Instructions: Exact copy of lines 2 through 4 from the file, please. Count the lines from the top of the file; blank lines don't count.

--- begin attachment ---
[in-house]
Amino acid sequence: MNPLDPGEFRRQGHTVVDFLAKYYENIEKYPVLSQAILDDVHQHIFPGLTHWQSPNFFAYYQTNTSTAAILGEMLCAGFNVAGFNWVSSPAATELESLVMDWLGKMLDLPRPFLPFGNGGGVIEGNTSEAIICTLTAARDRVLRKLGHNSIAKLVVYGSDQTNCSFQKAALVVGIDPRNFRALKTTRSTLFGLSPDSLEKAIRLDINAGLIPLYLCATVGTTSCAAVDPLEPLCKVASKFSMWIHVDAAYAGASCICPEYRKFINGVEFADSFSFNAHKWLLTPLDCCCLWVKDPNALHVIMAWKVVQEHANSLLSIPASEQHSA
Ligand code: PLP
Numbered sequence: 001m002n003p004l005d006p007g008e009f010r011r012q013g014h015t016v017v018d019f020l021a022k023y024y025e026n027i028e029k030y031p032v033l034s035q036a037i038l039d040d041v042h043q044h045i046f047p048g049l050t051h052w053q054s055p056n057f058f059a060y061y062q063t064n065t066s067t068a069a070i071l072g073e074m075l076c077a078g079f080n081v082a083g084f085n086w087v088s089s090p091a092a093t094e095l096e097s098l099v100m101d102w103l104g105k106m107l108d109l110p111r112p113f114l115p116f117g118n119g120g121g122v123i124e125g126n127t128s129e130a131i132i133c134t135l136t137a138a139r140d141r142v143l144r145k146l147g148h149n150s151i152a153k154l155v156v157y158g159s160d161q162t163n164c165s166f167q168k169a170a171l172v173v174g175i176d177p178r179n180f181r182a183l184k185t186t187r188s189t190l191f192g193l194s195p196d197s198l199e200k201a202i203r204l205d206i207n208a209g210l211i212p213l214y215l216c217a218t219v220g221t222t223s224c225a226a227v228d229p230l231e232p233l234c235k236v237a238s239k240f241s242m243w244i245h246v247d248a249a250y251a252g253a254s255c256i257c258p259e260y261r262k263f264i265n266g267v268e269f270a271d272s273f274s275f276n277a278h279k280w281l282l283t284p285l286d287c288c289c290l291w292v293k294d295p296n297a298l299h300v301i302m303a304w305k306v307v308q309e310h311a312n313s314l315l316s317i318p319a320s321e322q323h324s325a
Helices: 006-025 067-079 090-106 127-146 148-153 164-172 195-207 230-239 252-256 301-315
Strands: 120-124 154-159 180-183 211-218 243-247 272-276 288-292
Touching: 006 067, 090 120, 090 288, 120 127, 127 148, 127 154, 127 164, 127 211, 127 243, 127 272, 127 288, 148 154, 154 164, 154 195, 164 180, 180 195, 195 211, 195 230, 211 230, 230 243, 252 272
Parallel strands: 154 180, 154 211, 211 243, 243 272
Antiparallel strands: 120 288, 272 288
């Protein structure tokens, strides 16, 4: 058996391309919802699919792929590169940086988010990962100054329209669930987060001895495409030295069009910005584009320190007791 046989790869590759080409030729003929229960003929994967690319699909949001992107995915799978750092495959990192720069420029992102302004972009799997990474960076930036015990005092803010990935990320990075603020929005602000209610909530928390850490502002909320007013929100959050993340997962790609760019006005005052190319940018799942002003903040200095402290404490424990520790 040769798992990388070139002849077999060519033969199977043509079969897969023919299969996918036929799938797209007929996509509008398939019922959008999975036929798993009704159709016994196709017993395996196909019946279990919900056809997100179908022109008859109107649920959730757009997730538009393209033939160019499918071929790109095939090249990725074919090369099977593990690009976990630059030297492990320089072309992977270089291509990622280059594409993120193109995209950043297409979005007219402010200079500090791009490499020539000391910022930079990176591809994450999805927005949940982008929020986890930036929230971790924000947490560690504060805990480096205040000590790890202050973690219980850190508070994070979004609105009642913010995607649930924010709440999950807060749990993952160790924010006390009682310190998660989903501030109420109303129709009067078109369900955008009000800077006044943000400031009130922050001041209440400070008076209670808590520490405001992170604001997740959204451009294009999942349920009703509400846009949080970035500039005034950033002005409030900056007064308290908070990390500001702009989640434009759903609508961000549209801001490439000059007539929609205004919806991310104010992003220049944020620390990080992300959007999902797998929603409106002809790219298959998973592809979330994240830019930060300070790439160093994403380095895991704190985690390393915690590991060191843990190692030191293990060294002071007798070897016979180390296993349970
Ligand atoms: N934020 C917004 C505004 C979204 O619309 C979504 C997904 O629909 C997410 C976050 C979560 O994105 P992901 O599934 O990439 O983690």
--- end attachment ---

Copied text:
Amino acid sequence: MNPLDPGEFRRQGHTVVDFLAKYYENIEKYPVLSQAILDDVHQHIFPGLTHWQSPNFFAYYQTNTSTAAILGEMLCAGFNVAGFNWVSSPAATELESLVMDWLGKMLDLPRPFLPFGNGGGVIEGNTSEAIICTLTAARDRVLRKLGHNSIAKLVVYGSDQTNCSFQKAALVVGIDPRNFRALKTTRSTLFGLSPDSLEKAIRLDINAGLIPLYLCATVGTTSCAAVDPLEPLCKVASKFSMWIHVDAAYAGASCICPEYRKFINGVEFADSFSFNAHKWLLTPLDCCCLWVKDPNALHVIMAWKVVQEHANSLLSIPASEQHSA
Ligand code: PLP
Numbered sequence: 001m002n003p004l005d006p007g008e009f010r011r012q013g014h015t016v017v018d019f020l021a022k023y024y025e026n027i028e029k030y031p032v033l034s035q036a037i038l039d040d041v042h043q044h045i046f047p048g049l050t051h052w053q054s055p056n057f058f059a060y061y062q063t064n065t066s067t068a069a070i071l072g073e074m075l076c077a078g079f080n081v082a083g084f085n086w087v088s089s090p091a092a093t094e095l096e097s098l099v100m101d102w103l104g105k106m107l108d109l110p111r112p113f114l115p116f117g118n119g120g121g122v123i124e125g126n127t128s129e130a131i132i133c134t135l136t137a138a139r140d141r142v143l144r145k146l147g148h149n150s151i152a153k154l155v156v157y158g159s160d161q162t163n164c165s166f167q168k169a170a171l172v173v174g175i176d177p178r179n180f181r182a183l184k185t186t187r188s189t190l191f192g193l194s195p196d197s198l199e200k201a202i203r204l205d206i207n208a209g210l211i212p213l214y215l216c217a218t219v220g221t222t223s224c225a226a227v228d229p230l231e232p233l234c235k236v237a238s239k240f241s242m243w244i245h246v247d248a249a250y251a252g253a254s255c256i257c258p259e260y261r262k263f264i265n266g267v268e269f270a271d272s273f274s275f276n277a278h279k280w281l282l283t284p285l286d287c288c289c290l291w292v293k294d295p296n297a298l299h300v301i302m303a304w305k306v307v308q309e310h311a312n313s314l315l316s317i318p319a320s321e322q323h324s325a